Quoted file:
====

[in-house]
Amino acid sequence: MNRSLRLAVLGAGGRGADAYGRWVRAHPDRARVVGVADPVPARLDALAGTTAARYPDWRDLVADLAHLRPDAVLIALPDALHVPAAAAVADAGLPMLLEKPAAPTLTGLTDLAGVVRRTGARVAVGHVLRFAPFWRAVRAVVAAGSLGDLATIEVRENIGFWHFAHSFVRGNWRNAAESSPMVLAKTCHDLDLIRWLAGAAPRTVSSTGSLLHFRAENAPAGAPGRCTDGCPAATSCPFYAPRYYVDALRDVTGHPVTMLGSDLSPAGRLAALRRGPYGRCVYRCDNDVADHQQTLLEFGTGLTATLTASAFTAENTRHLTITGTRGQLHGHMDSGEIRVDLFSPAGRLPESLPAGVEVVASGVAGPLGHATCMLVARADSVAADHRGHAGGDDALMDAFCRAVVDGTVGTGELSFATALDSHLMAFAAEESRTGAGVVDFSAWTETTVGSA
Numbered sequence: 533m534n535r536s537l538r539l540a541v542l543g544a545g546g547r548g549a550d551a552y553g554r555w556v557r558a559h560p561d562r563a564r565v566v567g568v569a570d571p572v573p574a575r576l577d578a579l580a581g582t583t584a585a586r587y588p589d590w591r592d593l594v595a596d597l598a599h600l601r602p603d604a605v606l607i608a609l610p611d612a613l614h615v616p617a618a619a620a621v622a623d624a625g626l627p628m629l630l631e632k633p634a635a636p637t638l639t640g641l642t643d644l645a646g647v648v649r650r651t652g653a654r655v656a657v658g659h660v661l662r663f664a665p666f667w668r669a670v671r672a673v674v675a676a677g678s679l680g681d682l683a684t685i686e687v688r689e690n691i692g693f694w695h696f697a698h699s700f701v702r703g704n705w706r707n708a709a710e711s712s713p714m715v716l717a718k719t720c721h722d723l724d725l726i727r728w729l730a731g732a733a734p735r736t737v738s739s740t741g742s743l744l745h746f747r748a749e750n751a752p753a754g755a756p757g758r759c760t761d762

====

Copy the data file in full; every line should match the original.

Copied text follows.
[in-house]
Amino acid sequence: MNRSLRLAVLGAGGRGADAYGRWVRAHPDRARVVGVADPVPARLDALAGTTAARYPDWRDLVADLAHLRPDAVLIALPDALHVPAAAAVADAGLPMLLEKPAAPTLTGLTDLAGVVRRTGARVAVGHVLRFAPFWRAVRAVVAAGSLGDLATIEVRENIGFWHFAHSFVRGNWRNAAESSPMVLAKTCHDLDLIRWLAGAAPRTVSSTGSLLHFRAENAPAGAPGRCTDGCPAATSCPFYAPRYYVDALRDVTGHPVTMLGSDLSPAGRLAALRRGPYGRCVYRCDNDVADHQQTLLEFGTGLTATLTASAFTAENTRHLTITGTRGQLHGHMDSGEIRVDLFSPAGRLPESLPAGVEVVASGVAGPLGHATCMLVARADSVAADHRGHAGGDDALMDAFCRAVVDGTVGTGELSFATALDSHLMAFAAEESRTGAGVVDFSAWTETTVGSA
Numbered sequence: 533m534n535r536s537l538r539l540a541v542l543g544a545g546g547r548g549a550d551a552y553g554r555w556v557r558a559h560p561d562r563a564r565v566v567g568v569a570d571p572v573p574a575r576l577d578a579l580a581g582t583t584a585a586r587y588p589d590w591r592d593l594v595a596d597l598a599h600l601r602p603d604a605v606l607i608a609l610p611d612a613l614h615v616p617a618a619a620a621v622a623d624a625g626l627p628m629l630l631e632k633p634a635a636p637t638l639t640g641l642t643d644l645a646g647v648v649r650r651t652g653a654r655v656a657v658g659h660v661l662r663f664a665p666f667w668r669a670v671r672a673v674v675a676a677g678s679l680g681d682l683a684t685i686e687v688r689e690n691i692g693f694w695h696f697a698h699s700f701v702r703g704n705w706r707n708a709a710e711s712s713p714m715v716l717a718k719t720c721h722d723l724d725l726i727r728w729l730a731g732a733a734p735r736t737v738s739s740t741g742s743l744l745h746f747r748a749e750n751a752p753a754g755a756p757g758r759c760t761d762